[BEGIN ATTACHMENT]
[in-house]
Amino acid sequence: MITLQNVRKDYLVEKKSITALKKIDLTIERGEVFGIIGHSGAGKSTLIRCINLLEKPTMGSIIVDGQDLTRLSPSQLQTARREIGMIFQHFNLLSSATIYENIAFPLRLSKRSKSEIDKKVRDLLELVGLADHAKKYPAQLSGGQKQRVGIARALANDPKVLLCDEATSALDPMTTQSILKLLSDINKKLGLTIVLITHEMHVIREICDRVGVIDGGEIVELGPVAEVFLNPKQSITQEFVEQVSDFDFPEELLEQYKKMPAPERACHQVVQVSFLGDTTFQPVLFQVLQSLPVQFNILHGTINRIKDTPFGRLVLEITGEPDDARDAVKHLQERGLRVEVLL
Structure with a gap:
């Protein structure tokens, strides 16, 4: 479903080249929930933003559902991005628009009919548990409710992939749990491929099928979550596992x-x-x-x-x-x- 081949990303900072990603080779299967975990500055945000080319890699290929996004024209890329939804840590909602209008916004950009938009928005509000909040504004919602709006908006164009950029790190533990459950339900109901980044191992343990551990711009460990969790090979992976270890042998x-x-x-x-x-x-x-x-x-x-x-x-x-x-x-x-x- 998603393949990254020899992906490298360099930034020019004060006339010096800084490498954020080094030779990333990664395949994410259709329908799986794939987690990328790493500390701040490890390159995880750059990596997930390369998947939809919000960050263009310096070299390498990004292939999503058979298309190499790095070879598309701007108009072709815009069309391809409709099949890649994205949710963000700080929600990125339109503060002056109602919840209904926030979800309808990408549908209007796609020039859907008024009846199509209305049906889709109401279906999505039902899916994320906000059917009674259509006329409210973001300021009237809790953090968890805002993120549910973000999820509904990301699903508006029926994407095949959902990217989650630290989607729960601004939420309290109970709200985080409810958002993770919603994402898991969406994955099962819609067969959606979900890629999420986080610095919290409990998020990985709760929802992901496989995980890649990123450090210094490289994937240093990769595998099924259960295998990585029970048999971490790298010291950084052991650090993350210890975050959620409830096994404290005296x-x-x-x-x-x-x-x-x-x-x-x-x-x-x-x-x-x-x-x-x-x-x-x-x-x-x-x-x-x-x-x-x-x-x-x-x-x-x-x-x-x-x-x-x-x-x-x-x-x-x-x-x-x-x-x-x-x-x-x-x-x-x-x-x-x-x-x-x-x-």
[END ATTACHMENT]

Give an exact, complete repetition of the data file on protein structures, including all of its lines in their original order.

[in-house]
Amino acid sequence: MITLQNVRKDYLVEKKSITALKKIDLTIERGEVFGIIGHSGAGKSTLIRCINLLEKPTMGSIIVDGQDLTRLSPSQLQTARREIGMIFQHFNLLSSATIYENIAFPLRLSKRSKSEIDKKVRDLLELVGLADHAKKYPAQLSGGQKQRVGIARALANDPKVLLCDEATSALDPMTTQSILKLLSDINKKLGLTIVLITHEMHVIREICDRVGVIDGGEIVELGPVAEVFLNPKQSITQEFVEQVSDFDFPEELLEQYKKMPAPERACHQVVQVSFLGDTTFQPVLFQVLQSLPVQFNILHGTINRIKDTPFGRLVLEITGEPDDARDAVKHLQERGLRVEVLL
Structure with a gap:
């Protein structure tokens, strides 16, 4: 479903080249929930933003559902991005628009009919548990409710992939749990491929099928979550596992x-x-x-x-x-x- 081949990303900072990603080779299967975990500055945000080319890699290929996004024209890329939804840590909602209008916004950009938009928005509000909040504004919602709006908006164009950029790190533990459950339900109901980044191992343990551990711009460990969790090979992976270890042998x-x-x-x-x-x-x-x-x-x-x-x-x-x-x-x-x- 998603393949990254020899992906490298360099930034020019004060006339010096800084490498954020080094030779990333990664395949994410259709329908799986794939987690990328790493500390701040490890390159995880750059990596997930390369998947939809919000960050263009310096070299390498990004292939999503058979298309190499790095070879598309701007108009072709815009069309391809409709099949890649994205949710963000700080929600990125339109503060002056109602919840209904926030979800309808990408549908209007796609020039859907008024009846199509209305049906889709109401279906999505039902899916994320906000059917009674259509006329409210973001300021009237809790953090968890805002993120549910973000999820509904990301699903508006029926994407095949959902990217989650630290989607729960601004939420309290109970709200985080409810958002993770919603994402898991969406994955099962819609067969959606979900890629999420986080610095919290409990998020990985709760929802992901496989995980890649990123450090210094490289994937240093990769595998099924259960295998990585029970048999971490790298010291950084052991650090993350210890975050959620409830096994404290005296x-x-x-x-x-x-x-x-x-x-x-x-x-x-x-x-x-x-x-x-x-x-x-x-x-x-x-x-x-x-x-x-x-x-x-x-x-x-x-x-x-x-x-x-x-x-x-x-x-x-x-x-x-x-x-x-x-x-x-x-x-x-x-x-x-x-x-x-x-x-």